by ZJ Czupor

The Silence of the Author

This successful author has kept a low profile for the past forty years. He rarely gives interviews, preferring to let his work speak for itself. He does, however, answer his fan mail and poses for pictures when he’s recognized.

He has a Santa-Claus quality about him—big, bearded, and jovial and described as a soft-spoken southern gentleman. Aside from writing popular thrillers, he’s a nature lover and often takes orphaned squirrels and injured ibises to an animal rescue center on Biscayne Bay in Florida. While he’s volunteered there since 1999, no one realized who he was. The center’s director said, “We had no idea. He’s such a kind, gentle man.”

He draws, cooks gourmet meals, and often dines with friends. A retired Miami-Dade police sergeant said, “If you didn’t know who he was, you’d think he’s just a little old guy from Mississippi. He’s not impressed with himself, or anybody else.”

Writing by hand, he begins his day at 8:30 and finishes around 2 or 3. He has lunch and a nap. He describes his writing process as starting with a scene that appears in his head. He thinks through what came before and after. He describes “the very act of writing as a kind of torment…” But his agent, Mort Janklow, says his books never really need editing. “What he delivers has the quality of a precisely cut gem.”

Thomas Harris (1940 –) grew up in a small town in Mississippi where his family owned a cotton, soybeans, and wheat farm. He majored in English at Baylor University, rode a motorcycle, and worked nights as a reporter covering the police beat in Waco, Texas. In 1968, he took a job with the Associated Press in New York as a general assignment reporter and night editor on the city desk. While there, he and two other reporters (Sam Maull and Dick Riley) cooked up the idea for Black Sunday, a novel about a terrorist plot to commit mass murder during the Super Bowl game in Miami. He wrote the novel, sold it to Putnam in 1975, and he and his friends split the advance.

In 1978, the film version was nominated for the Edgar Allan Poe Award for Best Motion Picture.

Harris’s second novel, Red Dragon (1981), introduced one of America’s most grisly villains—Hannibal Lecter, the psychiatrist turned psychotic. In the novel, Dr. Lecter appears as a minor character and is already in prison. Stephen King compared that book with The Godfather and later called Hannibal “the great fictional monster of our time.”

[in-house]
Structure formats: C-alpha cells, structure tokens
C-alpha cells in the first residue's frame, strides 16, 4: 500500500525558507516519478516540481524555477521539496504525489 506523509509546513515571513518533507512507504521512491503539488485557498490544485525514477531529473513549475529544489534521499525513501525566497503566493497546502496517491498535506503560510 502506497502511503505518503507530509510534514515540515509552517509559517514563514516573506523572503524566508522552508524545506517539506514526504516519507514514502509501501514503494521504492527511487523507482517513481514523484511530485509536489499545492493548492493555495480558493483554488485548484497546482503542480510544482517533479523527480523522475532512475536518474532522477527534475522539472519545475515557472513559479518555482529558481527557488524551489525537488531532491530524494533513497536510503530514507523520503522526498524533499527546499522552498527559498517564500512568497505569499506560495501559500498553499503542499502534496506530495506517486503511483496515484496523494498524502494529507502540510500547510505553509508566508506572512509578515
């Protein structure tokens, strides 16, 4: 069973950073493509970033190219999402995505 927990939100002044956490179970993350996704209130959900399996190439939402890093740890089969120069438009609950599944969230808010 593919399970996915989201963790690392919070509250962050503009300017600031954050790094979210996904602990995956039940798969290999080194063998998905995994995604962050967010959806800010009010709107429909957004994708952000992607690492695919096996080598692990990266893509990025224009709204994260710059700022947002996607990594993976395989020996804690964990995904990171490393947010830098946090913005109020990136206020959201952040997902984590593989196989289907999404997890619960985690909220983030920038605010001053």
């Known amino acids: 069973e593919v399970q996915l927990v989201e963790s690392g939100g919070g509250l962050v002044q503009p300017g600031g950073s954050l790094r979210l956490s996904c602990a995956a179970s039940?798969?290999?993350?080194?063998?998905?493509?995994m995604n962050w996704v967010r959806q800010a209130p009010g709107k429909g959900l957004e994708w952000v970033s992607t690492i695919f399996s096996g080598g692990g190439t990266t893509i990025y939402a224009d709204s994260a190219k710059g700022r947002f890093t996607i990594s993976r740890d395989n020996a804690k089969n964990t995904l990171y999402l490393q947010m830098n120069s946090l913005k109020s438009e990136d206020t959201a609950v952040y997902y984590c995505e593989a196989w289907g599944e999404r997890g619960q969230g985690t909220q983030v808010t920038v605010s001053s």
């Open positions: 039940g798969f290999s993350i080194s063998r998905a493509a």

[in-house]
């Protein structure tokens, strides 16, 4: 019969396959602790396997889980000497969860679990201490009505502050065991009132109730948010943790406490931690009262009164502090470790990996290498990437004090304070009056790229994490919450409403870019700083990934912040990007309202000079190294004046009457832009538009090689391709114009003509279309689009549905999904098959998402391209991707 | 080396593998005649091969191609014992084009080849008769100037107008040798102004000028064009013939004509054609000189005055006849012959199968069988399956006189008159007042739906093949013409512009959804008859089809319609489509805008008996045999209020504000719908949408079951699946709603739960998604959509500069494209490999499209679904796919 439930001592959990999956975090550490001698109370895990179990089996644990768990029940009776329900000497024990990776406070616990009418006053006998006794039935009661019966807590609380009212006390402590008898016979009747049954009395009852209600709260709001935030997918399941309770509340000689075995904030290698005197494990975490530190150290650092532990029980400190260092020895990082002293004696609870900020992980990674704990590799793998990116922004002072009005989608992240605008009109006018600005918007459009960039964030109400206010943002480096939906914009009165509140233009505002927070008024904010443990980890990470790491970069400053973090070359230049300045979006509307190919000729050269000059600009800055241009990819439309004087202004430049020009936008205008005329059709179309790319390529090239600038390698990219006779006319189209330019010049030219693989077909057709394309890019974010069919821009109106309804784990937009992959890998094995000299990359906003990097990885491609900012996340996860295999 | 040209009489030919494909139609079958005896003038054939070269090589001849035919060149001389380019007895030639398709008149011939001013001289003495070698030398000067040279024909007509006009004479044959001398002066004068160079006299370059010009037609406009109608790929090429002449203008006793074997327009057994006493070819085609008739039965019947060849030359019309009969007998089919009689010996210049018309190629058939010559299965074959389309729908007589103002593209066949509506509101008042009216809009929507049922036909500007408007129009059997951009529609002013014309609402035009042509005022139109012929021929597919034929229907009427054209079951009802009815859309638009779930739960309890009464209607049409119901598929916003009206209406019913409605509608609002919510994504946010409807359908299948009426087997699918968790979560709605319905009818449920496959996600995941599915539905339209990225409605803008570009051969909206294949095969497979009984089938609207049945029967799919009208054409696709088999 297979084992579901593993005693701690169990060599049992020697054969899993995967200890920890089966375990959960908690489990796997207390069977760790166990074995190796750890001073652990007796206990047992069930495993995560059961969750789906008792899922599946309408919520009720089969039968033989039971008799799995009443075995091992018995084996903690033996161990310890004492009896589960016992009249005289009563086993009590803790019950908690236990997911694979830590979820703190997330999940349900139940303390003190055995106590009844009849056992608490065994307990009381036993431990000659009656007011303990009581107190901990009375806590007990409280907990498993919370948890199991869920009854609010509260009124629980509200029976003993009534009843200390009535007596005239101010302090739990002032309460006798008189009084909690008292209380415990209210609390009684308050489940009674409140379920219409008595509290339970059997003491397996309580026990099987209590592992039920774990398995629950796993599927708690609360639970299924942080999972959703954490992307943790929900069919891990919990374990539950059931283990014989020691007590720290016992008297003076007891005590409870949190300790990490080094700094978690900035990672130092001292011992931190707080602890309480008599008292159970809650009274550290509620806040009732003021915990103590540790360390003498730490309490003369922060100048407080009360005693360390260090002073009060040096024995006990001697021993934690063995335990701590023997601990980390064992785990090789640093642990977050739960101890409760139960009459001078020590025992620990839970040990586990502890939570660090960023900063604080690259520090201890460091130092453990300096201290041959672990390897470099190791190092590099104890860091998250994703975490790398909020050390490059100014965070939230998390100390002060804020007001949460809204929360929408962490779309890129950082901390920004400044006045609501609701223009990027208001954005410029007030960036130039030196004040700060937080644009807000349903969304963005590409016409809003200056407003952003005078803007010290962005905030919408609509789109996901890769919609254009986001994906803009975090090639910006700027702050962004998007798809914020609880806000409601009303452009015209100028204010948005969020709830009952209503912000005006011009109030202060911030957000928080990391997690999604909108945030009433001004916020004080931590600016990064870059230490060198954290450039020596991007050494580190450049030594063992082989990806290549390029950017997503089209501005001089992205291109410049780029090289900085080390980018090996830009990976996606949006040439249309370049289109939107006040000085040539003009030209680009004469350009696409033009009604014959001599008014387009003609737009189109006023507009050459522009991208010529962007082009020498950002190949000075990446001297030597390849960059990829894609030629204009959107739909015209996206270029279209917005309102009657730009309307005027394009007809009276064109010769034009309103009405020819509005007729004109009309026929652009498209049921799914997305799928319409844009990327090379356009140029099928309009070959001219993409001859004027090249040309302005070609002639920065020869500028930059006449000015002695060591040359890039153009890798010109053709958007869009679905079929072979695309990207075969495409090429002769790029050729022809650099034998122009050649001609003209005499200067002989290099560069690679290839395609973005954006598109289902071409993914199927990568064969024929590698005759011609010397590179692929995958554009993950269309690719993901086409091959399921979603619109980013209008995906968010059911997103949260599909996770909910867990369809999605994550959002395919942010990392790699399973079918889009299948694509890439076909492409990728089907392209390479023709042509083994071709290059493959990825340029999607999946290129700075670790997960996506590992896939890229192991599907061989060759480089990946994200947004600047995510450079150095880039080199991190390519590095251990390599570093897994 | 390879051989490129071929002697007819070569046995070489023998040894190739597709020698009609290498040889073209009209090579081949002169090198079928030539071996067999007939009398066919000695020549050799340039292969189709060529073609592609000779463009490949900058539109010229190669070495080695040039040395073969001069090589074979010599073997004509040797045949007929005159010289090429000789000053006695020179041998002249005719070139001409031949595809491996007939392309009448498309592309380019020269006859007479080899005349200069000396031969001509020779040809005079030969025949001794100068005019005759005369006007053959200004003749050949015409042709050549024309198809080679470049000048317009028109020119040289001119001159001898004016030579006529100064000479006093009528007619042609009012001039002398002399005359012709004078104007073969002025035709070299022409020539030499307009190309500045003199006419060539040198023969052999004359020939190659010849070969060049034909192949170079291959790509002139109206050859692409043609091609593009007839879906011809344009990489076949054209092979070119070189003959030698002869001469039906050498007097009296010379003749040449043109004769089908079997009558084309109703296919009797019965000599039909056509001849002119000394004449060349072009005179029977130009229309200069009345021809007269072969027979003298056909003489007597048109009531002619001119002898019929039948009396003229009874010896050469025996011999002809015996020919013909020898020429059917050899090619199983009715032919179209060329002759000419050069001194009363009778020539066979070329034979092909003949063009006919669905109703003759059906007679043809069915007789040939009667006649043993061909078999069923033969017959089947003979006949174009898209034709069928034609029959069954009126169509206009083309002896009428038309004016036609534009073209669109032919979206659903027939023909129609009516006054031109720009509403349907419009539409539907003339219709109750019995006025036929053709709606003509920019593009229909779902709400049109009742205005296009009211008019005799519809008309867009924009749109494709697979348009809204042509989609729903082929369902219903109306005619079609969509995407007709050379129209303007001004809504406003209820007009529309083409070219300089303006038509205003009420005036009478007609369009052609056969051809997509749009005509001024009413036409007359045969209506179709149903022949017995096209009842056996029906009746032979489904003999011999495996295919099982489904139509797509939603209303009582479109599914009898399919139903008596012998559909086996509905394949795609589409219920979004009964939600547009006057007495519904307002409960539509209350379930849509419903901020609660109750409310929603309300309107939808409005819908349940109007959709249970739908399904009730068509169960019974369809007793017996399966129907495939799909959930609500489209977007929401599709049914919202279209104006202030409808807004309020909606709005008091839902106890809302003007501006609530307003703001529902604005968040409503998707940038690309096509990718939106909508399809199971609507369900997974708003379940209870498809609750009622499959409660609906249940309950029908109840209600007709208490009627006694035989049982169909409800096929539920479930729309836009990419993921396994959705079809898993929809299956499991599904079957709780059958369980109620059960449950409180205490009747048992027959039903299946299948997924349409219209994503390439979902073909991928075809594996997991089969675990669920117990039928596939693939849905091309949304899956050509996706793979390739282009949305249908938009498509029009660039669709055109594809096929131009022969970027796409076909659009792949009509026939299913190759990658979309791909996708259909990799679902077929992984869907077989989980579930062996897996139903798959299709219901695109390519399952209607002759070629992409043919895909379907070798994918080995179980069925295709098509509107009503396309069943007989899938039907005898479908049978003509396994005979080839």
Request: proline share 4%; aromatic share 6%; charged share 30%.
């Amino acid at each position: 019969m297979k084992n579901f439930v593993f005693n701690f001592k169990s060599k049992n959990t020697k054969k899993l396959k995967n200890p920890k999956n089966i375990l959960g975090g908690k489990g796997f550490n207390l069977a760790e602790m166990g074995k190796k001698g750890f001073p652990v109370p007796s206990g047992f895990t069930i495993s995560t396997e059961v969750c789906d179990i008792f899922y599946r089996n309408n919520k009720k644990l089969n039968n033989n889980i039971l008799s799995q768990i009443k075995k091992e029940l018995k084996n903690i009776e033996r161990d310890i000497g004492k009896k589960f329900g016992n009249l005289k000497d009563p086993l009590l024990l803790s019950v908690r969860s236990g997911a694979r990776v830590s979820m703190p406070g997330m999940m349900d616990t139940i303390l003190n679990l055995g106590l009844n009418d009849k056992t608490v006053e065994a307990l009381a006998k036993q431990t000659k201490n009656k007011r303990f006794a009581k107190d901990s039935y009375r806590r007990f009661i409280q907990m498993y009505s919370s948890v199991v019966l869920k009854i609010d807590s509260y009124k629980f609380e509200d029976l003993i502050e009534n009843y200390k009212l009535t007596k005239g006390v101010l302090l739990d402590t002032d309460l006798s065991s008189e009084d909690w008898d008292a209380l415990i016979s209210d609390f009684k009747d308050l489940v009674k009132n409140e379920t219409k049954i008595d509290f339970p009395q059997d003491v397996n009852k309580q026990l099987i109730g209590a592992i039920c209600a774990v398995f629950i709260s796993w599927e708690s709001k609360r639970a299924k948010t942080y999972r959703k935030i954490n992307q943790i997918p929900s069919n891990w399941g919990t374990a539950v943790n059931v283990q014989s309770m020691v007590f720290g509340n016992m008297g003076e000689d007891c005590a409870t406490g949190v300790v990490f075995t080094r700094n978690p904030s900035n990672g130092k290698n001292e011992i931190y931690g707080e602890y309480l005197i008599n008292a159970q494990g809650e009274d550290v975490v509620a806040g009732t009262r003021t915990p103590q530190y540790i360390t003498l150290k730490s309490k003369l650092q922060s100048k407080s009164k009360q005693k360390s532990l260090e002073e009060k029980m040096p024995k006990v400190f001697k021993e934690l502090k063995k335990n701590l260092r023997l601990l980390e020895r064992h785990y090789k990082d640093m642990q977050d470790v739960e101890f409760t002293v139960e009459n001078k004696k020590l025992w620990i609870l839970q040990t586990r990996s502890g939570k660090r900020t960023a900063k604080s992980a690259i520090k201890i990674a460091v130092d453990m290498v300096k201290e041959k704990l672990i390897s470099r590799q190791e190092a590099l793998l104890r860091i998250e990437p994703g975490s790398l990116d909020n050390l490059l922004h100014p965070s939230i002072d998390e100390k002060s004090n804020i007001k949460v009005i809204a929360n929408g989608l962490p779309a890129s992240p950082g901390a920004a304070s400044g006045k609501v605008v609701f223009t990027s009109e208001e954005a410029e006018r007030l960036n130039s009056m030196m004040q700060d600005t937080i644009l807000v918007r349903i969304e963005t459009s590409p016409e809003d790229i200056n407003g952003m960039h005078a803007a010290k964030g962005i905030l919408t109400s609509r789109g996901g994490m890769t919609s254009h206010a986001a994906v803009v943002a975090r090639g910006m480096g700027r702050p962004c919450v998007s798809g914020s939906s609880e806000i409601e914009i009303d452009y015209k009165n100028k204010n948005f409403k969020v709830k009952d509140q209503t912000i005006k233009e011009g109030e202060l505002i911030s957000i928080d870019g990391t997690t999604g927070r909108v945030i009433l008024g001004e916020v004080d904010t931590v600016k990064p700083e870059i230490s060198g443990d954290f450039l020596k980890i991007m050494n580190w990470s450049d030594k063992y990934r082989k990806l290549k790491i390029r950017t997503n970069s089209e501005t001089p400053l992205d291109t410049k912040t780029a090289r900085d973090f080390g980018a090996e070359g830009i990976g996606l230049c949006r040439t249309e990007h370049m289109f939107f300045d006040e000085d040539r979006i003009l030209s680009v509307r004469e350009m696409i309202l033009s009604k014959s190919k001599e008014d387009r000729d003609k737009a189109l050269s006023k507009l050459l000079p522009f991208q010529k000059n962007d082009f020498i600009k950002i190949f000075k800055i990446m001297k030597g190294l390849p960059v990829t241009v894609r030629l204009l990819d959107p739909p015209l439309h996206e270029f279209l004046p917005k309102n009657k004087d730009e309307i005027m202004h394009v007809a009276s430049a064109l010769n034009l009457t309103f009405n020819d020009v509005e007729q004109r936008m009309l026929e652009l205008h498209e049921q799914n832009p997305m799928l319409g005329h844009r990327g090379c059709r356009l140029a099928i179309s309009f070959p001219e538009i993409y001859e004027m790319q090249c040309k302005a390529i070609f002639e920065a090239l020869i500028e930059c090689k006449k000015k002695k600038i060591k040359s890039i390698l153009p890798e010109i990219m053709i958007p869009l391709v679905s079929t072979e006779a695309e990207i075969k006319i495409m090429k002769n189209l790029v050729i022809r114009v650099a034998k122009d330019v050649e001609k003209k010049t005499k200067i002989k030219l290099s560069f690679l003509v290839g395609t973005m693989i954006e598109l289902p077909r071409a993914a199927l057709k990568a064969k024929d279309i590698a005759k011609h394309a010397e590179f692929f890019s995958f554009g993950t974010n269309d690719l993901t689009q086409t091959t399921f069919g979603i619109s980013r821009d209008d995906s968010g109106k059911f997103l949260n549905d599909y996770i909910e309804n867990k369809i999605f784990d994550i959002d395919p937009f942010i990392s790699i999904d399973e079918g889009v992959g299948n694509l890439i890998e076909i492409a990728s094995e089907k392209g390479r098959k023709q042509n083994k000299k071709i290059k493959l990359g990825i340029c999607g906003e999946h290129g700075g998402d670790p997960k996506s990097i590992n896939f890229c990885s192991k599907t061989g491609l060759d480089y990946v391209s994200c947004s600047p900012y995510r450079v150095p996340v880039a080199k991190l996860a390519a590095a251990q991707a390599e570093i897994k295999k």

It was Harris’s third novel, Silence of the Lambs (1988), that became a pop-culture phenomenon and is considered a masterpiece of suspense. Anthony Hopkins won an Oscar for his performance as Hannibal Lecter in the film version (1991), which won five awards—only the third film in Academy Awards history to sweep the Oscars in major categories—(best actor, best actress, best screenplay, best director and best picture).

After his first novel (Red Dragon) was adapted into a film named Manhunter (1986), Harris was disappointed in it and in Hollywood in general. So, he didn’t watch Silence of the Lambs until two years after the Oscars. He liked it. His next two novels were sequels Hannibal (1999) and Hannibal Rising (2006). He wrote them on a $5-million-plus deal with Dell/Delacorte publishing.

While the last two novels were also adapted into films, audience reaction began to wane and journalists kept pestering him about where his twisted ideas came from, implying he held deep-seated psychopathic tendencies. His response was “I don’t make anything up. So, look around you. Because everything has happened.”

His novels have sold more than 50 million copies. His latest Cara Mora (2019), is his first in fourteen years and while it doesn’t feature Hannibal Lecter, he introduces a new evil villain who is hairless, owns a white latex plugsuit, and a liquid cremation machine.

Harris has written six novels, five have been adapted into films, one into a television series, with a new TV series in production. His estimated net worth is $73 million. Not bad for a quiet, unassuming southern gentleman who creates monstrous villains.

And that’s your Mystery Minute.

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Author’s Note: CBS recently announced the go-ahead on a new series for next season—a Silence of the Lambs sequel titled Clarice, which follows FBI agent Clarice Starling six months after the events of the movie. Rebecca Breeds takes over the Jodie Foster role from the 1991 film.